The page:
Supply disruptions are inevitable, developing a shortage attack team is key to navigating them quickly and efficiently. A company can also look at other methods for better shortage management, such as investing in technology that can help prevent or better manage stockouts or reviewing current management techniques to evaluate areas of improvement. This can include improving communication between shortage attack team members or increasing the accuracy of data analysis.

6. Improve Supplier Collaboration

It is important to have good communication with suppliers for many reasons. Having a good relationship with suppliers can encourage mutual collaboration and create benefits for both parties. One method a supplier might agree to is holding their own finished goods for when their buyers need them. If a supplier is holding their own level of safety stock, they can protect themselves and their customers against larger variations in demand. Alternatively, if the supplier is only making the product when it is ordered, they may not have the ability to fulfill the buyer’s order in time if there is a spike in demand. For more information on supplier collaboration, check out this article “How to Deal With Material Shortage Using Analytics and Collaboration.”

7. Ensure accurate inventory data

Manufacturers should ensure that they are cycle counting regularly. Perpetually counting inventory reduces the manual process and time cost of physical inventory counting. They should also confirm that their receiving and material handling processes are efficient and well documented. Without an accurate count of inventory levels, stock shortages can sneak up much easier.

8. Regularly update PFEP

Companies should regularly update their Plan For Every Part (PFEP). The PFEP connects all points of an organization to increase the total visibility into factory operations. It is essential for this plan to be up-to-date. If companies don’t have the time or resources to complete a full PFEP,  they can start with an ABC analysis, so they know what their highest focus parts should be. This inventory categorization technique divides inventory into three groupsallowing them to focus on higher priority materials and products. Lastly, buyers can also update their order policy to match the levels of demand their company is experiencing and predicting.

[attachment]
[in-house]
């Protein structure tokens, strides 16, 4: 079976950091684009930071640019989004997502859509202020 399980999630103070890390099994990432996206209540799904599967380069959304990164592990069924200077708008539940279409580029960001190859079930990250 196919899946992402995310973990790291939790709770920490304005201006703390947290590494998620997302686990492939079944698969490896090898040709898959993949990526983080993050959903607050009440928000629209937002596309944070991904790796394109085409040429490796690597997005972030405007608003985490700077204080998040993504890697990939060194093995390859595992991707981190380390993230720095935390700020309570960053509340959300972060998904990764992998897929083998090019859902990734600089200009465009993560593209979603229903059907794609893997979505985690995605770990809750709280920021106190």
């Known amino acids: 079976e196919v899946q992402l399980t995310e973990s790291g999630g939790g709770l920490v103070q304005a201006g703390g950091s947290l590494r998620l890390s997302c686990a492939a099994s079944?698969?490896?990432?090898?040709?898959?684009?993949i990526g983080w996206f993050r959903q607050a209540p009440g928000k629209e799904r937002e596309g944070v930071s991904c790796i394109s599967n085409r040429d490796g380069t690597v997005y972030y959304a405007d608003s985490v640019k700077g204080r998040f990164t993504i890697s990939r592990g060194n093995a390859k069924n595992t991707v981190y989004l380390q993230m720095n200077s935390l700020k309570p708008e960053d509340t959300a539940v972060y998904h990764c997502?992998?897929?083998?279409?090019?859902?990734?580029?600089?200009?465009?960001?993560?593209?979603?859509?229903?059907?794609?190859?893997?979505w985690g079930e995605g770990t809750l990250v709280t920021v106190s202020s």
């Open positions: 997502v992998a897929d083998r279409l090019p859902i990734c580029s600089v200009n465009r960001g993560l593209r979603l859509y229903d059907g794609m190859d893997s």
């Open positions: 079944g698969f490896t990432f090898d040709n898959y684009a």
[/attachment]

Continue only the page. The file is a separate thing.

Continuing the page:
Conclusion

Whatever the method of prevention, getting the right parts at the right time is key to keeping products flowing through the factory and getting delivered to customers on time. To better understand what causes shortages or stockouts, check out our blog “Shortage vs. Stockout: Understanding the Difference.”

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FAQ

The definition of expedite is to do something quicker than was originally scheduled. A synonym is to accelerate or rush something, but the term ‘expedite’ is typically used in the business world and not in everyday speech.

Expediting parts is a simple process from the customer perspective; they call their supplier and ask them if they can provide an earlier delivery date for the parts. Suppliers may have a formal system in place for an expedite request if this is common with their customers. Typically the customer will ask for their order to be expedited first, and the supplier may then confirm this request with an expedite fee or offer a better delivery date at no extra cost. 

Once agreed upon, the onus is on the supplier of the part to fit the expedited order into their schedule. If the supplier cannot meet the new schedule, the customer may ask for some or all of the expedite fee back.

Yes, a shortage is when you have more demand than you have supply.

Excess demand can occur because of increased customer desire for your product, a competitor being unable to fulfill orders, or you simply don’t have enough supply to fulfill the orders you do have because of scheduling issues, quality issues, or other supply chain disruptions.